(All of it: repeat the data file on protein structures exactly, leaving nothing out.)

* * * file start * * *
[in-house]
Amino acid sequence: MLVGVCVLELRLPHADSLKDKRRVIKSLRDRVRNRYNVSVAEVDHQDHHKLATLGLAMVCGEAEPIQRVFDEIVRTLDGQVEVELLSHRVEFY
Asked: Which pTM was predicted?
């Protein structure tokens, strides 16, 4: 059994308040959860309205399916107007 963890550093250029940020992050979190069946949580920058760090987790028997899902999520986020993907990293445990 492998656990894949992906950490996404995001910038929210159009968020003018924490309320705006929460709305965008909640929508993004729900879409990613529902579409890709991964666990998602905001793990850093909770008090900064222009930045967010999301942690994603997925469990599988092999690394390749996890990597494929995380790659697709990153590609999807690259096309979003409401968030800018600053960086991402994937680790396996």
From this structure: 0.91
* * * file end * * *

[in-house]
Amino acid sequence: MLVGVCVLELRLPHADSLKDKRRVIKSLRDRVRNRYNVSVAEVDHQDHHKLATLGLAMVCGEAEPIQRVFDEIVRTLDGQVEVELLSHRVEFY
Asked: Which pTM was predicted?
């Protein structure tokens, strides 16, 4: 059994308040959860309205399916107007 963890550093250029940020992050979190069946949580920058760090987790028997899902999520986020993907990293445990 492998656990894949992906950490996404995001910038929210159009968020003018924490309320705006929460709305965008909640929508993004729900879409990613529902579409890709991964666990998602905001793990850093909770008090900064222009930045967010999301942690994603997925469990599988092999690394390749996890990597494929995380790659697709990153590609999807690259096309979003409401968030800018600053960086991402994937680790396996």
From this structure: 0.91